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Diaries of a Budtender by Robert Wasmund

Diaries of a Budtender by Robert Wasmund

Friendship is the best Helping Hand

Budtenders are often overlooked as just stoners that can keep a job. We are often dismissed as glorified cashiers. There are times in my job that I would agree with that, but there are moments that define why I became a Budtender in the first place. 

I decided to start this series to talk more about those moments. That’s not to say that I won’t use this series as a way to vent about the inner workings of the industry from time to time. That is not the purpose of this series of articles. 

As with all things, there is an air of negativity in the cannabis industry. We are fighting 60 years of false propaganda. We are only starting to understand cannabis from a scientific view. Even though it’s legal, we still have to be concerned about Federal backlash. These stresses compounded with just trying to run a business can wear anyone down.

Let’s take a moment to remember why we fought for legalization in the first place.

I was working at a startup retail store in Washington in the first year of legalization. An older man came in and walked up to the counter. We’ll call him “Will.” Older customers are my favorite because they are usually new to cannabis and ask a lot of questions. 

As Will walks up to me, I noticed that his eyes looked as if he had not been sleeping or had been crying. He was dressed like a classic “Grandpa”. I ask him, “How are we doing today?”

Will responded, “Not the best. I’m hoping you can help me.”

His tired eyes and desperate stare told me that this was very serious.

“I hope I can as well. What can I do for you?” I reply.

He places his elbows on the counter and leaning over, he takes a deep sigh.

“My son is on dope. Heroin. He is trying to get off of it and I’m very proud of him, but he is in so much pain right now. He has good moments and bad moments. He is in a bad moment. I don’t know anything about any of this,” He gestured to the displays, “I don’t even really drink. Is there anything I can do to help him make it to the other side of this”

“I’m sorry to hear that. It’s hard to make the decision to quit. Do you mind if I ask a few questions?”

He nods, “Yeah.”

In my most compassionate voice, I say, “First, I have to let you know that I am not a Doctor or a medical professional. I cannot make a diagnosis or treatment plan. I’m only going to tell you what works for me and others that I personally know.”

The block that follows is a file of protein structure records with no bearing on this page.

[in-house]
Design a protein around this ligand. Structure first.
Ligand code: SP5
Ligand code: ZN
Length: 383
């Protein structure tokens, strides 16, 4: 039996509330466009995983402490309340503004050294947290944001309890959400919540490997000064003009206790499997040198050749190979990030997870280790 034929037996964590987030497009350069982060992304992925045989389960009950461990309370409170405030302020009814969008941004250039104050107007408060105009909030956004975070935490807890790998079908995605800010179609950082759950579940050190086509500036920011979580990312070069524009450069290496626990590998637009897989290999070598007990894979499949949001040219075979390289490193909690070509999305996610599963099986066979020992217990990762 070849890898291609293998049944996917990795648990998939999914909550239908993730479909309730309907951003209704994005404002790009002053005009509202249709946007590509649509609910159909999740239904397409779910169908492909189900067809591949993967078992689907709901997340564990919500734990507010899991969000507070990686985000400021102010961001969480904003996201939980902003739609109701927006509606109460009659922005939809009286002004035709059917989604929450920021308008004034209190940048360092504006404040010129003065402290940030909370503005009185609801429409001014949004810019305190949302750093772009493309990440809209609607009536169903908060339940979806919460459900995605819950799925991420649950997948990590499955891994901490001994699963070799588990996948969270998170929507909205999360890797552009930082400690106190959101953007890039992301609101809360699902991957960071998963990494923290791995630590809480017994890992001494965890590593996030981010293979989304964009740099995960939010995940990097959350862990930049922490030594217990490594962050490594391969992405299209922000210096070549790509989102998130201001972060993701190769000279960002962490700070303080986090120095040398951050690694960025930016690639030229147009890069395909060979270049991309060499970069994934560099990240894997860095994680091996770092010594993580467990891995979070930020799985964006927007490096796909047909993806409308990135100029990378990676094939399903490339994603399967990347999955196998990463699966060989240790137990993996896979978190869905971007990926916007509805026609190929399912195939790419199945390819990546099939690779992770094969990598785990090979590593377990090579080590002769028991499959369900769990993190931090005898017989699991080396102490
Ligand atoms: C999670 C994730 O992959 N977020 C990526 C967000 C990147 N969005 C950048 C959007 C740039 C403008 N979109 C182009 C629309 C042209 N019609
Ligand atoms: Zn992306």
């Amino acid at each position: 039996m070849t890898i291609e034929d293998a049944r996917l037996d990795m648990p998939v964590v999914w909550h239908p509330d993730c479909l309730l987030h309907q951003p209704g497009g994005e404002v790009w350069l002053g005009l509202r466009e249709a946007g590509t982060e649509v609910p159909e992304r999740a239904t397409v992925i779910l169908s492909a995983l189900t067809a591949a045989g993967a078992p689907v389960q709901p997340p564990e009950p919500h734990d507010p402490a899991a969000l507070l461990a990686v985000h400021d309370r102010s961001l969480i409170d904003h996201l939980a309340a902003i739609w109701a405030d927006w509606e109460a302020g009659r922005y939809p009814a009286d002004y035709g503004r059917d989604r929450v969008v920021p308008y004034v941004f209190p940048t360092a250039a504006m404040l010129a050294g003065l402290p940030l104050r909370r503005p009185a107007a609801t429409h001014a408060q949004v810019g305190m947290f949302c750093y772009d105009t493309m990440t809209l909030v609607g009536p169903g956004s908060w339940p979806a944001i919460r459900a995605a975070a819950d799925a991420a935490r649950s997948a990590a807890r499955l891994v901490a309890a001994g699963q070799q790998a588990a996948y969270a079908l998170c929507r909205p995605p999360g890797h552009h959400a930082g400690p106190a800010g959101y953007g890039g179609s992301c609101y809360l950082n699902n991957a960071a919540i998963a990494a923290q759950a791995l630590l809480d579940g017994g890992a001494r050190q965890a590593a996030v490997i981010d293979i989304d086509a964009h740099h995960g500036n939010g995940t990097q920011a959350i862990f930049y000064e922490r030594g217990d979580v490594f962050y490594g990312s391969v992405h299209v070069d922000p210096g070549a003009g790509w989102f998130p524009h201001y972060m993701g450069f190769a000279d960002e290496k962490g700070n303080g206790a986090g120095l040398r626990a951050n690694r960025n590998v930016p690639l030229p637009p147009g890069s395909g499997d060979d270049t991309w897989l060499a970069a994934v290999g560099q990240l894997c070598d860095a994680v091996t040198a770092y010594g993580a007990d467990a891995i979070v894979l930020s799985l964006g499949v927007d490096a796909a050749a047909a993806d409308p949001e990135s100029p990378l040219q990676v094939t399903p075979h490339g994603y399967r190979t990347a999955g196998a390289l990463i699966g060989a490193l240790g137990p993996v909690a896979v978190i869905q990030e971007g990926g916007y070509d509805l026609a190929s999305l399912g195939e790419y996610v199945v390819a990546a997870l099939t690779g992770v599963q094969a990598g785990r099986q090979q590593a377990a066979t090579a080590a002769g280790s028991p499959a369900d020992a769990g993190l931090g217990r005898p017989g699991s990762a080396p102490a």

“You know someone who went through this?” He asked hopefully.

I lean in on my elbows next to him over the counter. “Honestly, Yes. I was addicted as a teenager. Unfortunately, it defined a lot of my past, but it is beatable.” I take a deep breath, “BUT… nothing in this store is going to guarantee that he will get clean. That is ultimately up to him.” 

Will lifted his chin proudly, “I know. He wanted this. He asked me to help him.”

“Well, you can’t ask for better than that.” As I turned to grab some selections

“When I was going through withdrawals I found that heavy indicas helped me the best. Not because of any medical benefits, but because it would cause me to fall asleep or forget that I was miserable.” I lay down a selection of classic indicas like OG Kush, Grand Daddy Purple, Sherbet and such.

“None of these will be cure-alls and none of these will guarantee results. I just know that being asleep and dumb was better for me than awake and in pain.”

He chooses an 8th of one of my selections, Thanks me and leaves.

Over the course of a few weeks, Will would come back with feedback from his son and we would adjust which strains he was trying. He told me that his son started counseling as well. Will was just a concerned Father who loved his son. 

After a few more weeks, Will stopped coming in. It was business as usual and I eventually forgot about Will and his son.

About 2 months later Will and his son come into the store. Will immediately smiles and points me out to his son. They walk up to me and Will says, “I really wanted you to meet my son.”

We introduce each other and his son begins to tell me how much I helped him and his dad. He proceeds to tell me that even though the strains I suggested helped him, he wanted to thank me for helping his Dad get through this tough time. That meeting me and seeing that someone can quit and understood the struggle gave his Dad hope. 

It’s moments like this that I became a Budtender. Helping someone find exactly what they need or want is why I love my job. 

Author: Robert Wasmund